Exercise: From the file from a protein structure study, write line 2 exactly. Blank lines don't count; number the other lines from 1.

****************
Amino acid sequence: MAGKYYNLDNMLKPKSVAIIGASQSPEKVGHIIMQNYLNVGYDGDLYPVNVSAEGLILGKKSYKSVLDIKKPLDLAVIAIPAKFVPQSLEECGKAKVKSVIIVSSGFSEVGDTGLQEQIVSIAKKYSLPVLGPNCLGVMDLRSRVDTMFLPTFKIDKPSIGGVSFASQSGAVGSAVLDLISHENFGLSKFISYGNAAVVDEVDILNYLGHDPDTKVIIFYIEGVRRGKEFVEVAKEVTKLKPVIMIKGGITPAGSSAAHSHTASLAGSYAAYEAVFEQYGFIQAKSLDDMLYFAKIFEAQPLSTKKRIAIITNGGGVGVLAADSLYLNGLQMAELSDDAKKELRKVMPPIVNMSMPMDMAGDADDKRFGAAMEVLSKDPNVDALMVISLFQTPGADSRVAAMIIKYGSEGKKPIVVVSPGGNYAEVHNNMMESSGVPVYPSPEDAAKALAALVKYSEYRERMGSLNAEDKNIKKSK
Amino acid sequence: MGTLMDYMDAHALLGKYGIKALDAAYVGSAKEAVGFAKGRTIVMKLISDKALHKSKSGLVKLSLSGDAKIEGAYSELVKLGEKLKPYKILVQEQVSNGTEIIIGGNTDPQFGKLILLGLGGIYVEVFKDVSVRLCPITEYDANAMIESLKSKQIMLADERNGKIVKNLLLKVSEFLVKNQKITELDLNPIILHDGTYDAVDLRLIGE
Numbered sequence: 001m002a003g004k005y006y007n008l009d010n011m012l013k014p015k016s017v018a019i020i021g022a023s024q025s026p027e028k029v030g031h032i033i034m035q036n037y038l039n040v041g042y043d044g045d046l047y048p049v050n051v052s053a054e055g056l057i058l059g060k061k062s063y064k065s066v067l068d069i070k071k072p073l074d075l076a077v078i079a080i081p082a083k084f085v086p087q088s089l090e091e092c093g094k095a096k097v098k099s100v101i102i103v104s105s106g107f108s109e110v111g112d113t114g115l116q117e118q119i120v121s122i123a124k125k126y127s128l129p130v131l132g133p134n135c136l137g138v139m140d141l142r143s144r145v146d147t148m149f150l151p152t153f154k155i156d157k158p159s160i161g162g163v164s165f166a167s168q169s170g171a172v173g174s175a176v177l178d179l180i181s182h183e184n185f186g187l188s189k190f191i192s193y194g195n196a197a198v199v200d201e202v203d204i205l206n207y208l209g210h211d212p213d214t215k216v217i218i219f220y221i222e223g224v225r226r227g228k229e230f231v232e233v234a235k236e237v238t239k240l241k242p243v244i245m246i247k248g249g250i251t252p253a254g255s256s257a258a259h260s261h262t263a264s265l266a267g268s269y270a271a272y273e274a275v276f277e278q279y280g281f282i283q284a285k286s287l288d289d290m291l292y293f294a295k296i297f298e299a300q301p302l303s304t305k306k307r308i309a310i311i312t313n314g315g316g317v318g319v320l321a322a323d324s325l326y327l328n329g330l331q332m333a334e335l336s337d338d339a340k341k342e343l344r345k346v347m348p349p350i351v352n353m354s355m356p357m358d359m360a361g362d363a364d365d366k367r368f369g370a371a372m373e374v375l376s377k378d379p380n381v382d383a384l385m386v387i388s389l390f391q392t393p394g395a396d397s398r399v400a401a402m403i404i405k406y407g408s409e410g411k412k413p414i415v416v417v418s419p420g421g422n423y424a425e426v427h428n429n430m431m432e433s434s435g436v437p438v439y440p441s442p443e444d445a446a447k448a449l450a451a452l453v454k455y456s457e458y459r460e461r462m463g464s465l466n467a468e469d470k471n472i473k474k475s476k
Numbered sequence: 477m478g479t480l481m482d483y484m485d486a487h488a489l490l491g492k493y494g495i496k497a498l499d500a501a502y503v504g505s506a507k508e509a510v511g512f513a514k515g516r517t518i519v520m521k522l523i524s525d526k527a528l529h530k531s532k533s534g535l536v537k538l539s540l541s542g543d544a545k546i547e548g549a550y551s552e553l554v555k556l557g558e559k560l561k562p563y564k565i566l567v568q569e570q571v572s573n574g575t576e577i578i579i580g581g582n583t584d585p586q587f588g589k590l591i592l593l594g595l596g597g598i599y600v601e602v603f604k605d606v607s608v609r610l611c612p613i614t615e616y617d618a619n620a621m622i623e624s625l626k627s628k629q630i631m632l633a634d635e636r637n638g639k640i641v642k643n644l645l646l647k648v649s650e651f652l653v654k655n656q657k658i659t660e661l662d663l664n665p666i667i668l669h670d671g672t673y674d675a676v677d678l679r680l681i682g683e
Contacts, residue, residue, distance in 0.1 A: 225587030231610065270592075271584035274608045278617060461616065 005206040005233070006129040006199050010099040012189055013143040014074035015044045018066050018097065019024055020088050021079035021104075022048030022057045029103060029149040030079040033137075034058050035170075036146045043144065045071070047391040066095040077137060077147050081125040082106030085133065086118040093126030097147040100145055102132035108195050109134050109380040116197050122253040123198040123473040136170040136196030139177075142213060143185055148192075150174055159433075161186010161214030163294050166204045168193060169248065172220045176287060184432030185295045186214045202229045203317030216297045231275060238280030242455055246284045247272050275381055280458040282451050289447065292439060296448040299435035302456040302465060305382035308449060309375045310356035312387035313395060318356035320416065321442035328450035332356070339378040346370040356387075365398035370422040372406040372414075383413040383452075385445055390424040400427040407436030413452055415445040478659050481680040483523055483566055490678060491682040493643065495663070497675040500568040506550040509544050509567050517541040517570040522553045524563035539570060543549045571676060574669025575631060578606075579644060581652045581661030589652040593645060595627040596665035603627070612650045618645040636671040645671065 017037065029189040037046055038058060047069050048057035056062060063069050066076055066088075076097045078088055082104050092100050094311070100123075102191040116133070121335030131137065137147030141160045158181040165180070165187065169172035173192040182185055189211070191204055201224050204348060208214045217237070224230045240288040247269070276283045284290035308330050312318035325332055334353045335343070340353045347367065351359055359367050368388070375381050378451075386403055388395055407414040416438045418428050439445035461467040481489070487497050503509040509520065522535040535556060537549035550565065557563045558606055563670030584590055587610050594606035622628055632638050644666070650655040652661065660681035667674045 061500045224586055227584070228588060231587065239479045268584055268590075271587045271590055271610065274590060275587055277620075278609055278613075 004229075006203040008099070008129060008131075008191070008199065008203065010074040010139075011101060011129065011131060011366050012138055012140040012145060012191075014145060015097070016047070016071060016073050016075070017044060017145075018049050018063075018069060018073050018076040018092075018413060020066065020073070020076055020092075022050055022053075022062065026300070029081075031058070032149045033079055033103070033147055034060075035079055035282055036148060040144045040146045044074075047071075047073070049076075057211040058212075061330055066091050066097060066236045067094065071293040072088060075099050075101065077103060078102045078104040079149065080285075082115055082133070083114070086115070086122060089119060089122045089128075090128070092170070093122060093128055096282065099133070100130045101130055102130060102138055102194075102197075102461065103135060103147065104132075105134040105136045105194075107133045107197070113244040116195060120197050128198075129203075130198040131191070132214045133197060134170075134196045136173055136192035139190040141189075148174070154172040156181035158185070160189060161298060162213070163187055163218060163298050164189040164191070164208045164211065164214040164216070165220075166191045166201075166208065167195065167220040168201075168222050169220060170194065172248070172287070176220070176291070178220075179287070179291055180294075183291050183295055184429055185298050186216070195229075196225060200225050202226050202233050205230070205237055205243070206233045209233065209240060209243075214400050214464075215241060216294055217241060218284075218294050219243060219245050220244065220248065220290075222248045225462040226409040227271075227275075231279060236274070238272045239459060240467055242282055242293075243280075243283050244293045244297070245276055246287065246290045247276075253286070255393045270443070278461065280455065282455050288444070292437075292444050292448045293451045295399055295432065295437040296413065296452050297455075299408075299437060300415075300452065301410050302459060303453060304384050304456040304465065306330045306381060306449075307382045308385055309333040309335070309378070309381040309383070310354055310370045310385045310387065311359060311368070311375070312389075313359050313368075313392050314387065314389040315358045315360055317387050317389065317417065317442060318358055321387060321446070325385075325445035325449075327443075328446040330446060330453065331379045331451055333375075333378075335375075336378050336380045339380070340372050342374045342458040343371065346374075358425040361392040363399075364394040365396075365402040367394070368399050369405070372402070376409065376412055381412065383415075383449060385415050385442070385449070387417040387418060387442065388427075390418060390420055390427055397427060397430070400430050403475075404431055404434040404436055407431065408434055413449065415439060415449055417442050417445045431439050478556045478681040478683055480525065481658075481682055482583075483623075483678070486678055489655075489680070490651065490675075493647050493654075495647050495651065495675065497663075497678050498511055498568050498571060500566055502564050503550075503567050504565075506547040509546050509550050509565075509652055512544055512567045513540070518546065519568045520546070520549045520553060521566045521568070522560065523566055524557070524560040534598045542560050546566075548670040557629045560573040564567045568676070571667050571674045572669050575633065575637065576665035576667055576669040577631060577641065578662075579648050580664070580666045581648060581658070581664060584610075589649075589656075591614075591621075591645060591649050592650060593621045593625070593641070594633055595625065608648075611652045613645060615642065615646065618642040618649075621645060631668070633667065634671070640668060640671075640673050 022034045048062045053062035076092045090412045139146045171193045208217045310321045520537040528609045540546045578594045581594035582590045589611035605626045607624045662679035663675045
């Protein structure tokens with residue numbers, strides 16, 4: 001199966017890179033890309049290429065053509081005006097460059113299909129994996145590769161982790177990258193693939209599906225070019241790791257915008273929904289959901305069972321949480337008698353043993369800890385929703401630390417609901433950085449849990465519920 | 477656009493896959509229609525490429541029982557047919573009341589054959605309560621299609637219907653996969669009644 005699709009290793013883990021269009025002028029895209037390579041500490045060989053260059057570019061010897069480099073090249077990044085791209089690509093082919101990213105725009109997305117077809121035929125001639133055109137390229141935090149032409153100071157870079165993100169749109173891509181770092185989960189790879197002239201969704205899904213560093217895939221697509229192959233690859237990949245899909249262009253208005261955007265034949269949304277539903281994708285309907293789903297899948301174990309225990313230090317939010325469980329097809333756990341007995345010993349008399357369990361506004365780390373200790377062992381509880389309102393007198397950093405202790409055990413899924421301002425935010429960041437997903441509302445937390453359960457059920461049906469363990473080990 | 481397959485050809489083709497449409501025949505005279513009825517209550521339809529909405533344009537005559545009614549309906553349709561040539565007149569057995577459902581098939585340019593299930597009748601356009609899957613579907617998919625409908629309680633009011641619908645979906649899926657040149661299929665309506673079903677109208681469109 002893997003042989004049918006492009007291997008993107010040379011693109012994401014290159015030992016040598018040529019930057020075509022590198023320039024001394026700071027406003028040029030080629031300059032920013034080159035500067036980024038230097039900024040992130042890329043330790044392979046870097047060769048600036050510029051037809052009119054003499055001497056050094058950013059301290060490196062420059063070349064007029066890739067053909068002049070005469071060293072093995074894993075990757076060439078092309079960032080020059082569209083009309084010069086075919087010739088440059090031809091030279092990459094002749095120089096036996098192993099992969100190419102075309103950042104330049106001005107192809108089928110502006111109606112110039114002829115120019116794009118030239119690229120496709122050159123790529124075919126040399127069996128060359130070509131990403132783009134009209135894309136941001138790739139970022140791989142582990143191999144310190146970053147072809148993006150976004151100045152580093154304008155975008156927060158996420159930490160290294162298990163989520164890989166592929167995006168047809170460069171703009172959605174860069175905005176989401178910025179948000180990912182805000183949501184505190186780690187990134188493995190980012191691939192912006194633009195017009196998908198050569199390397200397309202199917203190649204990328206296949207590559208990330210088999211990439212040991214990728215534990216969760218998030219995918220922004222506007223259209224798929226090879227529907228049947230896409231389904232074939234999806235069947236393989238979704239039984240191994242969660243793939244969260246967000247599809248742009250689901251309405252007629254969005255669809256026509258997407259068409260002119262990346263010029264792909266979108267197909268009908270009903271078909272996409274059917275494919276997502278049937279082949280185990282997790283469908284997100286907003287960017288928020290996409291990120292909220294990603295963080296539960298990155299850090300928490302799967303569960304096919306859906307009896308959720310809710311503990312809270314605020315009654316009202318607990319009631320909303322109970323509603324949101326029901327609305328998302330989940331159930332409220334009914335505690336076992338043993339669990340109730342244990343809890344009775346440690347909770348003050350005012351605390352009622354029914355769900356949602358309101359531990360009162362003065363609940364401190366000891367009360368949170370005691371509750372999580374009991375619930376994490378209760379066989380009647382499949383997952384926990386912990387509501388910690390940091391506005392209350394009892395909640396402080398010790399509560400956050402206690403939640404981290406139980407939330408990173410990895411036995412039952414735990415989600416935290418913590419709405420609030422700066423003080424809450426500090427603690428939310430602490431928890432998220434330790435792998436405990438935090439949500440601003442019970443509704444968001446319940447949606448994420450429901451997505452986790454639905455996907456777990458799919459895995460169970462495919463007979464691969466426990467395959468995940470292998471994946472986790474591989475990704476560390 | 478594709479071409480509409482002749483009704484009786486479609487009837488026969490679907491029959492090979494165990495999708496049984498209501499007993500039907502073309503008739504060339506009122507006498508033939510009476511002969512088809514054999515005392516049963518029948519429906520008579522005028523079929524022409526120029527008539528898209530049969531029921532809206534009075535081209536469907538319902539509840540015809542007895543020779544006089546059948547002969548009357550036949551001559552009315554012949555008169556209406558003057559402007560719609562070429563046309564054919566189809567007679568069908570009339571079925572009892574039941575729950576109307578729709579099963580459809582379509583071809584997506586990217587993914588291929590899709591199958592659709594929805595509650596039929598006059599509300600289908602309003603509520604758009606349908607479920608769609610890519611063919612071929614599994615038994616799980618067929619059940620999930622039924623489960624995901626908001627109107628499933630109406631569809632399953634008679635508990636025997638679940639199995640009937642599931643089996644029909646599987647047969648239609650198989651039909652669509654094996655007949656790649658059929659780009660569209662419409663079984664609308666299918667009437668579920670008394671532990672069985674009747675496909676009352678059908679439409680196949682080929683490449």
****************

Amino acid sequence: MGTLMDYMDAHALLGKYGIKALDAAYVGSAKEAVGFAKGRTIVMKLISDKALHKSKSGLVKLSLSGDAKIEGAYSELVKLGEKLKPYKILVQEQVSNGTEIIIGGNTDPQFGKLILLGLGGIYVEVFKDVSVRLCPITEYDANAMIESLKSKQIMLADERNGKIVKNLLLKVSEFLVKNQKITELDLNPIILHDGTYDAVDLRLIGE